Written by Allie Schratz, Editor of Business Review Australia
The last project has been submitted, the final I’s have been dotted, and one final email is making its way through the cyberweb. Rejoice! On to the holiday parties.
Many will take this opportunity to eat, drink and make merry on the company’s dime, toasting to another year come and gone.
Others, however, will look at the holiday season through entrepreneurial eyes, seeking out potential connections that may help further their careers along in the New Year.
“Holiday parties are a good way to get to know people on a personal level and begin building a relationship based on mutual respect and friendship rather than strictly business,” says Kim McGuinness, a Sydney-based networking mentor and Director of Network Central Australia.
So, how should you prepare for an evening of merry networking?
Before the Party
Pre-party etiquette is a crucial first step in the preparation process, and it starts with a simple RSVP.
“There’s been a big cultural shift where people RSVP, and then just can’t be bothered at the last minute,” says Lady Danielle Di-Masi, the Principal Click! Consultant and the former Resident Etiquette Expert on Channel Ten’s now defunct Breakfast morning show. “This needs to be eradicated, as it impacts the host’s planning in the end.”
Read: if you’ve RSVP’ed to the event, it is your responsibility to attend said event.
Dressing for the occasion is another important factor in the preparation process – and one that throws plenty of invitees. When the invite says “semi-formal,” should you select a garment from your workplace wardrobe, or go all-out with a formal dress or rented tuxedo?
“People specify attire because they want a certain standard for their event,” says Lady Di-Masi, who crafted a helpful attire guideline for Dynamic Business.
Finally, do some pre-party research. If you can find out who’s attending and which industries will be represented at the event, you’ll have more of an opportunity to strategise before you arrive.
“Prior to the event, brainstorm some relevant topics that can assist with ice-breakers and conversations – it could be something in the news, something your company is working on or something topical and industry-related,” says Nicole Haj, founder of InsideOut PR in Sydney.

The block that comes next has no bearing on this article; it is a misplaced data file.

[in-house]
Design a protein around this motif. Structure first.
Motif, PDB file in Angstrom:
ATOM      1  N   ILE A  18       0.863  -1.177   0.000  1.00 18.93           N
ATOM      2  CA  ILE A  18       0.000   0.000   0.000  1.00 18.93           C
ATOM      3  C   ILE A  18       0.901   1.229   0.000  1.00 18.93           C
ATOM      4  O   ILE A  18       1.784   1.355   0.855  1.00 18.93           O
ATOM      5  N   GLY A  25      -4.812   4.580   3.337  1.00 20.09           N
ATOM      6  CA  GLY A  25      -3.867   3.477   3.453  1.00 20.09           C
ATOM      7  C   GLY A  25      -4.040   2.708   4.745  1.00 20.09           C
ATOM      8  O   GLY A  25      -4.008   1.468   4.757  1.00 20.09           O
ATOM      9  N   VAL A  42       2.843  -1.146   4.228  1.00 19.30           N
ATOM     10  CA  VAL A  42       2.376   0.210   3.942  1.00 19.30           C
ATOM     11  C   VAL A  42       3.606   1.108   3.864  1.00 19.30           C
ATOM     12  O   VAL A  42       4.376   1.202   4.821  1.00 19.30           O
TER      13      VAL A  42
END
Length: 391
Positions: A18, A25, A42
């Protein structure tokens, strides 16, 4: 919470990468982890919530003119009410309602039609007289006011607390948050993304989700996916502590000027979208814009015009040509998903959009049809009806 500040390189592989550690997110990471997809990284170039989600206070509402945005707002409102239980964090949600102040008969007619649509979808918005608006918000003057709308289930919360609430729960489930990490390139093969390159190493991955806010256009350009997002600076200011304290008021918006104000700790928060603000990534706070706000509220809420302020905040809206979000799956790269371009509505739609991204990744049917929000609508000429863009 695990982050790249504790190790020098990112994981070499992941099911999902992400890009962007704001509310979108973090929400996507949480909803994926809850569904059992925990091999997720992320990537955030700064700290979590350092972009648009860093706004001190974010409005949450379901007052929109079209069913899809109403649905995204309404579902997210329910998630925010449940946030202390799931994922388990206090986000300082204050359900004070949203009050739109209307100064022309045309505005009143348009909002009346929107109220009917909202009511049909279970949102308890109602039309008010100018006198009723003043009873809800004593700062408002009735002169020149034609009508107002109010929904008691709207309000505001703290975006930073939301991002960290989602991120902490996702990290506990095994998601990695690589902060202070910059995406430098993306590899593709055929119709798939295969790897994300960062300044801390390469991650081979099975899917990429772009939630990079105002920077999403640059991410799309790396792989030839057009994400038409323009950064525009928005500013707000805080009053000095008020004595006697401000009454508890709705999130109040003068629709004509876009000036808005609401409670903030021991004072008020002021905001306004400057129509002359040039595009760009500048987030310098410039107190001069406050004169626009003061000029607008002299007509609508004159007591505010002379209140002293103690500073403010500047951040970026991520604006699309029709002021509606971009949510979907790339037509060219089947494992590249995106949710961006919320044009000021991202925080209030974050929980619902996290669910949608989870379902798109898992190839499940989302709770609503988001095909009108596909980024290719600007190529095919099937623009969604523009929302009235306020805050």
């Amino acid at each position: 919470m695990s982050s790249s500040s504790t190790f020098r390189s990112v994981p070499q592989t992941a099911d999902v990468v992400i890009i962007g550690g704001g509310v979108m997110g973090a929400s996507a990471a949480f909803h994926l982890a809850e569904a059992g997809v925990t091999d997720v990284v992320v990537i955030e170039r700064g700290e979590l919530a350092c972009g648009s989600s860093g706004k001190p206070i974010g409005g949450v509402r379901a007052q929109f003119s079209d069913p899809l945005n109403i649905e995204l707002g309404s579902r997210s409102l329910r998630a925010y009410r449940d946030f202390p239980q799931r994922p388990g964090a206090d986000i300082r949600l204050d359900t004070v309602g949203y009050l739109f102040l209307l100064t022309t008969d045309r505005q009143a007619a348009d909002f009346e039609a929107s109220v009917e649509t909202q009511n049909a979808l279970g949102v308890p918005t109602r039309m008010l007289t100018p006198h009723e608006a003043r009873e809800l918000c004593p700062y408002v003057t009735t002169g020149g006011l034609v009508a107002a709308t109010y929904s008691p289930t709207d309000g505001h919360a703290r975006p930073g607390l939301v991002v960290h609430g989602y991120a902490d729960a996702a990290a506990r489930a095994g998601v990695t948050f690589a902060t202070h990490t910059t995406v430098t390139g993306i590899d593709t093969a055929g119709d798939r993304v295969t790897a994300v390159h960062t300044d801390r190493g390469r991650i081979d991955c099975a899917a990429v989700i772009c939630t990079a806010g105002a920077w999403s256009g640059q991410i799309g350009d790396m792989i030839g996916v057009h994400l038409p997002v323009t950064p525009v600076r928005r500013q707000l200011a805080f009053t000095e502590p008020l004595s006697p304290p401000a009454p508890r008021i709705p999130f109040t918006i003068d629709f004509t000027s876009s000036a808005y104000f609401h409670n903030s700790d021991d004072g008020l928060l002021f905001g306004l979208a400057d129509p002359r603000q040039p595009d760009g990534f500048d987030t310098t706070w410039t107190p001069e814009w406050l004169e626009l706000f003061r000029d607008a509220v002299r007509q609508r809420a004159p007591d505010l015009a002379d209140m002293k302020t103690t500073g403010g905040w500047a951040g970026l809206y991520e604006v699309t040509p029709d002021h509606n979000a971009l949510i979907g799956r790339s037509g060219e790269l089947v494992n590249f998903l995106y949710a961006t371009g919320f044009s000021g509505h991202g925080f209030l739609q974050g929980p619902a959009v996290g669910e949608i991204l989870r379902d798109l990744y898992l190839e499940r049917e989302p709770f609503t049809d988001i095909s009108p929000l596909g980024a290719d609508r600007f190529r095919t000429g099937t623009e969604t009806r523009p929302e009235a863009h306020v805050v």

Starting the Conversation
Walking into a room full of people – be they colleagues or complete strangers – is a daunting task that very few people are comfortable doing, and striking up a conversation is often an even bigger challenge.
“The initial introduction can be the most intimidating part of networking, and [it] all depends on how formal the event is,” says Ms Haj. “Introduce yourself with a smile and a handshake and include your name and the name of your company in the address. The other person will usually take your lead and do the same.
“The best way to make the conversation flow from there is to ask questions about their role, which will also open the door for ideas on how your businesses can work together in the future.”
If the event is being hosted by the company you work for, this is a great opportunity to get to know your colleagues across departments – even across the hall.
“Consider other departments within the company and make a point of introducing yourself and getting to know some people outside your own department,” says Ms McGuinness. “When you do meet these people, forget about work and find out about them, their family, their hobbies and what makes them tick. You may be surprised!”
As with most new experiences, confidence and open body language is the key to a successful conversation initiation: “There are always conversations to be had at the bar – it’s the most social part of the venue,” says Lady Di-Masi. “Just smile and ‘fake it ‘til you make it.’”
Business Cards: Keep Them Accessible
When the champagne is flowing and people are mingling about, it can be difficult to keep names and businesses straight over the course of the night – let alone the following morning. Is it a party faux pas to collect and distribute business cards in this type of setting?
“Never leave the house without your business cards, as you just never know who you’ll meet,” advises Ms Haj. “I think it’s absolutely fine to hand out your card, but do it at the end of the conversation rather than at the greeting. It can kill the informal mood.”
David Jones of David Jones Electricians agrees:“I actually make sure all my shirts have a top left pocket so I can easily access my card to exchange with someone.”
However, Mr Jones points out, don’t walk into the party expecting to hand out your contact information. “I never attend a party for the purpose of selling something; I genuinely enjoy meeting new people and building my network or friends and business associates,” says Mr Jones. “These opportunities and long lasting associations with people I have met have been the key to my business for 20 years.”
Don’t Be That Partygoer
There are two very different event scenarios during the holidays: one is a work function, and the other is your friend’s party. Keep in mind which one you’re attending.
“Unless it’s a friend’s party, you’re not there to relax,” says Lady Di-Masi. “You can make or break a professional relationship at Christmastime just as easily as you can in June.”
To maintain tact in the professional event environment, remain mindful of your cocktail consumption. “You are better off starting with the non-alcoholic stuff first, as the night can go downhill fast if you don’t,” says Ms McGuinness.
Make sure you’re remembered for the right reasons by keeping your breath in check.
“Always have mints handy,” Mr Jones advised. “After a few drinks and canapés, there is nothing worse than striking up a conversation with someone with offensive breath!”